May 2024: Truck Orders Rise, Jobs Decrease

Intriguing data points in the trucking industry saw some ups and downs in May. On the one hand, orders for heavy-duty trucks saw an increase, while on the other, industry job growth over the 30-day period stalled.

Truck orders rose in May

Transportation analytics provider FTR reported that Class 8 (heavy-duty commercial trucks) net orders for May totaled 18,900 units. Last month’s tally marks a 25 percent month-over-month ascent from April, while representing a greater 37 percent year-over-year climb from May 2023.

FTR noted that May’s level of orders overshot recent demand trends and, when compared to the previous performances of this month over the past decade, the 2024 installment was two percent above the average of this ten-year period.  

While Class 8 order levels are not necessarily a direct indicator to a present trove of available freight that is ready to be hauled, it can be interpreted as a promising metric for confidence in the long-term truckload market.

In the case of May’s results, it can be said that buyers—motor carriers and fleets—remain prioritizing investments in new equipment despite short-term concerns of a weak freight market. As a result, original equipment manufacturers—those who produce commercial trucks—continue to fill build slots at a steady pace.

Truck transportation jobs decreased in May

However, in the realm of industry employment, May did not represent an area of growth. Truck transportation jobs declined in May, according to the U.S. Bureau of Labor Statistics.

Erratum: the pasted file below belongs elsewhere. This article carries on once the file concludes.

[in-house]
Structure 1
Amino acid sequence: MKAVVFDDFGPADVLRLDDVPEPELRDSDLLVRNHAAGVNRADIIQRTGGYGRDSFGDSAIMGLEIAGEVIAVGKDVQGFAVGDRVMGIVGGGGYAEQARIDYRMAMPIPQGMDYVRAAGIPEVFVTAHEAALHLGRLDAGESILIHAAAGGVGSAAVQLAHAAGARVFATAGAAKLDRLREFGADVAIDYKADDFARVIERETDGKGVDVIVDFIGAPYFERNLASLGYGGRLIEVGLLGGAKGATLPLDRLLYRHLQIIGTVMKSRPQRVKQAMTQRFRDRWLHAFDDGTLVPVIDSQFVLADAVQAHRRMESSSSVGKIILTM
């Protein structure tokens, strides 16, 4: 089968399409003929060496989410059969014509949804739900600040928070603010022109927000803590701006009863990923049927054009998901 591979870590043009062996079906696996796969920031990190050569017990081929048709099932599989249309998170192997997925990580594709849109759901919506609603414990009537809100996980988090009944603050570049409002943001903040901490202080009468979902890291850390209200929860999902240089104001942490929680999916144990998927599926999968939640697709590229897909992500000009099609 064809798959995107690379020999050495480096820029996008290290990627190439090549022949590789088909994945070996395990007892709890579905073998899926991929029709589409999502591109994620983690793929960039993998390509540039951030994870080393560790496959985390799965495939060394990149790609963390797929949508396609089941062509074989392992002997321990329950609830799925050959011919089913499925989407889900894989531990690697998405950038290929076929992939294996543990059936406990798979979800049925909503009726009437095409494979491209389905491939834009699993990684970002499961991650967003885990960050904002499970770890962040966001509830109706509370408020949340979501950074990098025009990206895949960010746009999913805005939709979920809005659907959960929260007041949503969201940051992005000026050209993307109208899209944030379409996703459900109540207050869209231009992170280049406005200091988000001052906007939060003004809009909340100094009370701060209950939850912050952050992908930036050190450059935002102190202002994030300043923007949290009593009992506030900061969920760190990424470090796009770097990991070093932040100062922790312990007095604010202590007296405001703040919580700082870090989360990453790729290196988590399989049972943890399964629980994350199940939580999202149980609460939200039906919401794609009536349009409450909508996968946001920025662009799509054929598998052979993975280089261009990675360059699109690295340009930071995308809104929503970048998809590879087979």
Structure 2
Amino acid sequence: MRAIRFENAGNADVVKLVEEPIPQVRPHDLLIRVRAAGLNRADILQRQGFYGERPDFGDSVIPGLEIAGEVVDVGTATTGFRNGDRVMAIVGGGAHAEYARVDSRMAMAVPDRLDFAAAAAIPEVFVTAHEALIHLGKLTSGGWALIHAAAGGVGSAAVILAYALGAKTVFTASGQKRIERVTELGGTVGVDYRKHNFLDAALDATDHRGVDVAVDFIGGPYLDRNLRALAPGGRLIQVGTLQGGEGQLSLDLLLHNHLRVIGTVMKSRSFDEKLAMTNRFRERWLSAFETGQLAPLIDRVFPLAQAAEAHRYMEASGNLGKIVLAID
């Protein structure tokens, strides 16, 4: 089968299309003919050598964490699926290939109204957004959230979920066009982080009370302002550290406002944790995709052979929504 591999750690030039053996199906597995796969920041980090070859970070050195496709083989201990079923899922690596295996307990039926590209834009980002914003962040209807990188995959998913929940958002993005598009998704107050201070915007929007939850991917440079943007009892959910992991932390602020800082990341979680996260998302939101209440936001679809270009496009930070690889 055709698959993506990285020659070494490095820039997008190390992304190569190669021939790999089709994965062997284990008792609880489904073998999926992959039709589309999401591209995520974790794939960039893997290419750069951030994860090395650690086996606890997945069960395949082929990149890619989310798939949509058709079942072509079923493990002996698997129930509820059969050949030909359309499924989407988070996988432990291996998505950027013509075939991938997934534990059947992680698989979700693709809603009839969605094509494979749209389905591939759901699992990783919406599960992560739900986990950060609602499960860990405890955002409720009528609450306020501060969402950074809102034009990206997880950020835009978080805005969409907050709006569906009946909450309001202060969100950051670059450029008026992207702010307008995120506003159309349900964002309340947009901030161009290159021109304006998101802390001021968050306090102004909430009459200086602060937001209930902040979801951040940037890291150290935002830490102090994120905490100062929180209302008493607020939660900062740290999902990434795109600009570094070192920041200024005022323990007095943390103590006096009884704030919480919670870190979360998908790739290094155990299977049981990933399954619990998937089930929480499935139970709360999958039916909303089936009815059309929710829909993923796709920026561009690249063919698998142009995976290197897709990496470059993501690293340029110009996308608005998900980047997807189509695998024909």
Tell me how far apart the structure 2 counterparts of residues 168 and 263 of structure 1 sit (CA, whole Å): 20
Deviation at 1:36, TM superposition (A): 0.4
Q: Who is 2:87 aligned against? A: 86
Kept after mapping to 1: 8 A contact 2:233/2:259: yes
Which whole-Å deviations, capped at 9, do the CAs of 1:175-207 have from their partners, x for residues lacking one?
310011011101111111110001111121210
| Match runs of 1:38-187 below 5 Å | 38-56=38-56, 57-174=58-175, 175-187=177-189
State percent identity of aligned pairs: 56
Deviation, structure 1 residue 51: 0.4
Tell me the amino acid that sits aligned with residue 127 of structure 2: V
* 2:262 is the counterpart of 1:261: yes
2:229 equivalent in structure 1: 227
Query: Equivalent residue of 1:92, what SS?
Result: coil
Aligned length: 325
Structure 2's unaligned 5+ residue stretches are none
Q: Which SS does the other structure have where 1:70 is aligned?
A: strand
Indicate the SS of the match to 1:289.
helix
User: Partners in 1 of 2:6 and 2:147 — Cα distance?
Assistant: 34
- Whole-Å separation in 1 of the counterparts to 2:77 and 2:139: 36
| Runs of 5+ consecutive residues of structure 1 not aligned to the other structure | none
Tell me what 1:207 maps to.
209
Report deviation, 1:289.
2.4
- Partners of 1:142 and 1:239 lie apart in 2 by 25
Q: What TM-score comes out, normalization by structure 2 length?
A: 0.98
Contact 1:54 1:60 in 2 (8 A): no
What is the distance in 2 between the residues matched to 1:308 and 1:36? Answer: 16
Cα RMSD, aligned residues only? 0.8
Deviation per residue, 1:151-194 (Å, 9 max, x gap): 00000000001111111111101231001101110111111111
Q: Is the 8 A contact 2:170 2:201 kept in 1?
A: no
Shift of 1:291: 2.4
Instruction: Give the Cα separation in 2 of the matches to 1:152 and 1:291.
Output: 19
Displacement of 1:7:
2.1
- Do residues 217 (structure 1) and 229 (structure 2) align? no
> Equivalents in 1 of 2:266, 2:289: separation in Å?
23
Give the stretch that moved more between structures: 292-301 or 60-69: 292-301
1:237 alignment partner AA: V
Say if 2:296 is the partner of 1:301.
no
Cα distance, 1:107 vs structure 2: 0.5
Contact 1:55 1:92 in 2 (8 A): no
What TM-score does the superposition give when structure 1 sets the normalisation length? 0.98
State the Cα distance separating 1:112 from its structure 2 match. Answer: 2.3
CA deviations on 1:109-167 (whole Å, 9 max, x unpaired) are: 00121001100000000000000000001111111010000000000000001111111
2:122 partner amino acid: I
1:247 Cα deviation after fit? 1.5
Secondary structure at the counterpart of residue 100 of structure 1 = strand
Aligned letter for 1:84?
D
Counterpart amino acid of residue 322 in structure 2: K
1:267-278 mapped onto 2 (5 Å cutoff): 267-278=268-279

From April to May, seasonally adjusted jobs fell by 5,400, decreasing to an estimated total of 1,550,100. This number of transportation jobs is parallel to what the BLS reported in November.

The erasure of over 5,000 jobs in the industry is one of the largest month-over-month drops since 2020. Many experts anticipated such a decline in employment levels following this year’s sustaining trend of weaker market conditions. Low spot, or open-market, rates have sunken contract rates, prompting carriers to make reductions to their driver-workforces.

That said, the reported decrease in jobs was seasonally adjusted. Traditionally, May is a laboring month for job additions due to seasonal impacts. Among several include graduations, end-of-school, and holidays. These factors often make this time of year a less active period for companies to hire-on new employees.

The BLS reports for May that not seasonally adjusted truck jobs rose by nearly 10,000 from April to a total of 1,548,000.

While the bridge between April and May reared a notable decline in truck transportation jobs, the loss is not nearly as emphatic as what occurred between July and August of 2023, following the closure of LTL giant Yellow Corp.  In what is the largest post-pandemic decline for trucking jobs, the BLS reported a drop of 31,600 jobs within that period.

Final Thoughts

Recent reports indicate that the summer months may bring with them a boost in shipping demand. If this happens to be the case, market conditions will strengthen and lift rates, a reassuring development for anxious carriers.

Contact one of our team members if you have any questions regarding this topic or any others in domestic and cross-border logistics.

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